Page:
For your late-night viewing needs there are many choices. Will it be David Letterman? Jay Leno? Jimmy Fallon? Carson Daly?
How about: none of the above. You may very well be missing the best show in late-night television.
Craig Ferguson, perhaps best known to U.S. audiences as Drew Carey's boss Nigel Wick in The Drew Carey Show, has been host of CBS' Late, Late Show since January of 2005, taking over from another Craig, Craig Kilborn.
Over the years, Ferguson has created what could be called the "un" talk show, with a loose format that eschews standard late-night conventions. He does not have a sidekick (although he will soon be getting a robot skeleton sidekick courtesy of Grant Imahara from Mythbusters) nor does he have a band.
A typical (and I use this term loosely) episode will open with a short segment that could range from a quick monologue to a performance by Ferguson and his gaggle of hand puppets. Following a commercial break is the show's opening credits, unique in the fact that the theme song was co-written and performed by Ferguson (himself a drummer in Scottish punk-rock bands in the 1980s).
A more lengthier monologue follows, but again with this being Craig's show anything can and will happen. Ferguson has changed the format on occasion, even running segments in the wrong order.
Ferguson likes to have fun with his audience (both in-studio and those watching on television), particularly when he's taping an episode to air on a later date, playfully letting everyone know that the "Friday" episode isn't actually being taped on a Friday.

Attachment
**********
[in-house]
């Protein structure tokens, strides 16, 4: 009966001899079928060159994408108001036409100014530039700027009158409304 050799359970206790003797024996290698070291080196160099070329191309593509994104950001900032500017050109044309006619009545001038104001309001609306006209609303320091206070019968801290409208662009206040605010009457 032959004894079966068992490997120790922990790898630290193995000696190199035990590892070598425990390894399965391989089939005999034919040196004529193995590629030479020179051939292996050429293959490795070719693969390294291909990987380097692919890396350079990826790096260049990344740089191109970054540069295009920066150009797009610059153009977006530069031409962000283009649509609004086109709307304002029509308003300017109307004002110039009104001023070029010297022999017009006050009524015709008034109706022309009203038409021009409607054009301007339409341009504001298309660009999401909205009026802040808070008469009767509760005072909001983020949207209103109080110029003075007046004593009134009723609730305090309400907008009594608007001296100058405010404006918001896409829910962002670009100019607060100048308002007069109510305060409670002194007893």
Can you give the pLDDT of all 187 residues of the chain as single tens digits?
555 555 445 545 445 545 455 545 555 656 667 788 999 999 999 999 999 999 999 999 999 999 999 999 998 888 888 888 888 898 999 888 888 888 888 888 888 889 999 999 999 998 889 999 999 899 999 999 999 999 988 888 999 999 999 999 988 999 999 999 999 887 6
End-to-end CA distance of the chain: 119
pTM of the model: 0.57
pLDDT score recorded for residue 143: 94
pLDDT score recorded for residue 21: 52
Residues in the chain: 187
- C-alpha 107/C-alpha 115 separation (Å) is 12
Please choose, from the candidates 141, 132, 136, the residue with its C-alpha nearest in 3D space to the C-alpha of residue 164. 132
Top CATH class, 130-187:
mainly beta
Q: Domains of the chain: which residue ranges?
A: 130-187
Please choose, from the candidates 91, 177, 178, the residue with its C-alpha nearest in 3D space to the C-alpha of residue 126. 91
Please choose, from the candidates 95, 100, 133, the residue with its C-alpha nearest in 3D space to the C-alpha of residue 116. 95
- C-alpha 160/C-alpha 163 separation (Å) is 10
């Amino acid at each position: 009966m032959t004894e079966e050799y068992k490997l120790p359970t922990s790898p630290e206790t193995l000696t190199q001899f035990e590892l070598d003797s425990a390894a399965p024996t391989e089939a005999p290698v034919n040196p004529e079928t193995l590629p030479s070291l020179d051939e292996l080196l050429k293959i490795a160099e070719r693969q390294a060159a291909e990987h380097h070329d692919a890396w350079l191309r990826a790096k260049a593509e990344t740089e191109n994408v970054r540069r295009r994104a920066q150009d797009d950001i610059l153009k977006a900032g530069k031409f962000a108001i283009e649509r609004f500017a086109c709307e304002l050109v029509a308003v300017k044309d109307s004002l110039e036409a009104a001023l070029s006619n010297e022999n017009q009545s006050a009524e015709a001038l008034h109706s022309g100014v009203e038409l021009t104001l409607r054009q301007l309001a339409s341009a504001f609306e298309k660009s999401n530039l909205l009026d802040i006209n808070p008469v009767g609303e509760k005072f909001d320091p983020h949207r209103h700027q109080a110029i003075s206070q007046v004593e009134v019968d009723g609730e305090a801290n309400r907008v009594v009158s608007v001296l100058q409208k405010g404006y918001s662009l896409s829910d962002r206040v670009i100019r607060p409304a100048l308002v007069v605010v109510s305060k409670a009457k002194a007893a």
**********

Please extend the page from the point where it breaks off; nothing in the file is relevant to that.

Prior to moving on to the evening's guests, Ferguson typically reads e-mails sent in from his viewers. Most recently, he's been reading "tweets" from Twitter users. Ferguson joined Twitter in February and calls his followers the "robot skeleton army." Folks like Eddie Izzard and Stephen Wright have joined Craig in the reading of the "tweets." Ferguson may also have guests like LLS favorite Betty White appear for a few minutes before Craig gets to the guests for the evening. Other recurring segments might feature Ferguson dressed up as super-hero Aquaman for "Dear Aquaman" (several times introduced by Tim Gunn).
Guest interviews are not your standard late-night discussion. Ferguson will rip up his note cards before launching into the interview, with the guest and the audience not enitrely sure which direction Ferguson will take the discussion. In fact, for the show's 1000th episode, Ferguson turned the show over to his hand puppets.
Stephen Fry is a regular guest, and on February 23 he sat down with Ferguson for an hour of television that was simply amazing. For this episode there was no studio audience, just Craig and Fry engaging in a fascinating, erudite discussion on all matter of subjects. It was a bold experiment, something someone like Jay Leno would not likely undertake.
It's these kind of risks that have paid off for Ferguson: his show was just awarded the Peabody for an interview Ferguson conducted with South African Archbishop Desmond Tutu on March 4, 2009.
At times silly, and frequently fascinating, Craig Ferguson has changed the landscape of late-night television. He has crafted something unique, memorable and often times hilarious. And yes, even thought provoking.
The Late, Late Show with Craig Ferguson follows David Letterman on CBS.